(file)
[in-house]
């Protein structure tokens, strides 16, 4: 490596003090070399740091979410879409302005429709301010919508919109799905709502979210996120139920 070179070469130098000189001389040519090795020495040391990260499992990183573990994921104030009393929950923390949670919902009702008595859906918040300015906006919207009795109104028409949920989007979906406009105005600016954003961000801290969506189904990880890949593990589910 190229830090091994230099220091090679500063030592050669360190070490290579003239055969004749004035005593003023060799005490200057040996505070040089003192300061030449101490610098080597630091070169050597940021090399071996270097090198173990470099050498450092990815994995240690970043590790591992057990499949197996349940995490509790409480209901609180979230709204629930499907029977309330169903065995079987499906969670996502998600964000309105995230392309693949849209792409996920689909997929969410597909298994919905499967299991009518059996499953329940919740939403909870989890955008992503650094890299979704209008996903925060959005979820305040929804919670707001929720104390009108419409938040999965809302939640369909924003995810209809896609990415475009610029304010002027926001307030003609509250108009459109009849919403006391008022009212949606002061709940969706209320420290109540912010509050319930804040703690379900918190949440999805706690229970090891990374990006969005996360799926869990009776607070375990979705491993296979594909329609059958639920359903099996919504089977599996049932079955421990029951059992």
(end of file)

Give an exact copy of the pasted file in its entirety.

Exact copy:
[in-house]
């Protein structure tokens, strides 16, 4: 490596003090070399740091979410879409302005429709301010919508919109799905709502979210996120139920 070179070469130098000189001389040519090795020495040391990260499992990183573990994921104030009393929950923390949670919902009702008595859906918040300015906006919207009795109104028409949920989007979906406009105005600016954003961000801290969506189904990880890949593990589910 190229830090091994230099220091090679500063030592050669360190070490290579003239055969004749004035005593003023060799005490200057040996505070040089003192300061030449101490610098080597630091070169050597940021090399071996270097090198173990470099050498450092990815994995240690970043590790591992057990499949197996349940995490509790409480209901609180979230709204629930499907029977309330169903065995079987499906969670996502998600964000309105995230392309693949849209792409996920689909997929969410597909298994919905499967299991009518059996499953329940919740939403909870989890955008992503650094890299979704209008996903925060959005979820305040929804919670707001929720104390009108419409938040999965809302939640369909924003995810209809896609990415475009610029304010002027926001307030003609509250108009459109009849919403006391008022009212949606002061709940969706209320420290109540912010509050319930804040703690379900918190949440999805706690229970090891990374990006969005996360799926869990009776607070375990979705491993296979594909329609059958639920359903099996919504089977599996049932079955421990029951059992």